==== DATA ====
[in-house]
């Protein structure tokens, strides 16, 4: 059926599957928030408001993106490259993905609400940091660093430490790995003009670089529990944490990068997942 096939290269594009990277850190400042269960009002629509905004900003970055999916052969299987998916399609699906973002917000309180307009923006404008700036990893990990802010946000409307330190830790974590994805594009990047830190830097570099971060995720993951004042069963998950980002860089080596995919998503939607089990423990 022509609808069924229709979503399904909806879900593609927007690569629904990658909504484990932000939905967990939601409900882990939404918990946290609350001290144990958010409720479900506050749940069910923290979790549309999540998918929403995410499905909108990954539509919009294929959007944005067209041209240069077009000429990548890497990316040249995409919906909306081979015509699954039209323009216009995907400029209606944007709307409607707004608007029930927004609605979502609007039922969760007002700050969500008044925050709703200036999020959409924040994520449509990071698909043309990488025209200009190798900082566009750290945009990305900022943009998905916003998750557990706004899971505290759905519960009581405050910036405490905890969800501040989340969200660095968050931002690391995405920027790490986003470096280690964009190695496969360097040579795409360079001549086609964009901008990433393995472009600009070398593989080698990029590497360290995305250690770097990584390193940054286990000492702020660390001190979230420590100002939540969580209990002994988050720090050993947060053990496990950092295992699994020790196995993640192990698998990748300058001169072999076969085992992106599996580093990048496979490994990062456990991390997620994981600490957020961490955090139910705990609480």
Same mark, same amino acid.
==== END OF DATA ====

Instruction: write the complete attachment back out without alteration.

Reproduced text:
[in-house]
């Protein structure tokens, strides 16, 4: 059926599957928030408001993106490259993905609400940091660093430490790995003009670089529990944490990068997942 096939290269594009990277850190400042269960009002629509905004900003970055999916052969299987998916399609699906973002917000309180307009923006404008700036990893990990802010946000409307330190830790974590994805594009990047830190830097570099971060995720993951004042069963998950980002860089080596995919998503939607089990423990 022509609808069924229709979503399904909806879900593609927007690569629904990658909504484990932000939905967990939601409900882990939404918990946290609350001290144990958010409720479900506050749940069910923290979790549309999540998918929403995410499905909108990954539509919009294929959007944005067209041209240069077009000429990548890497990316040249995409919906909306081979015509699954039209323009216009995907400029209606944007709307409607707004608007029930927004609605979502609007039922969760007002700050969500008044925050709703200036999020959409924040994520449509990071698909043309990488025209200009190798900082566009750290945009990305900022943009998905916003998750557990706004899971505290759905519960009581405050910036405490905890969800501040989340969200660095968050931002690391995405920027790490986003470096280690964009190695496969360097040579795409360079001549086609964009901008990433393995472009600009070398593989080698990029590497360290995305250690770097990584390193940054286990000492702020660390001190979230420590100002939540969580209990002994988050720090050993947060053990496990950092295992699994020790196995993640192990698998990748300058001169072999076969085992992106599996580093990048496979490994990062456990991390997620994981600490957020961490955090139910705990609480």
Same mark, same amino acid.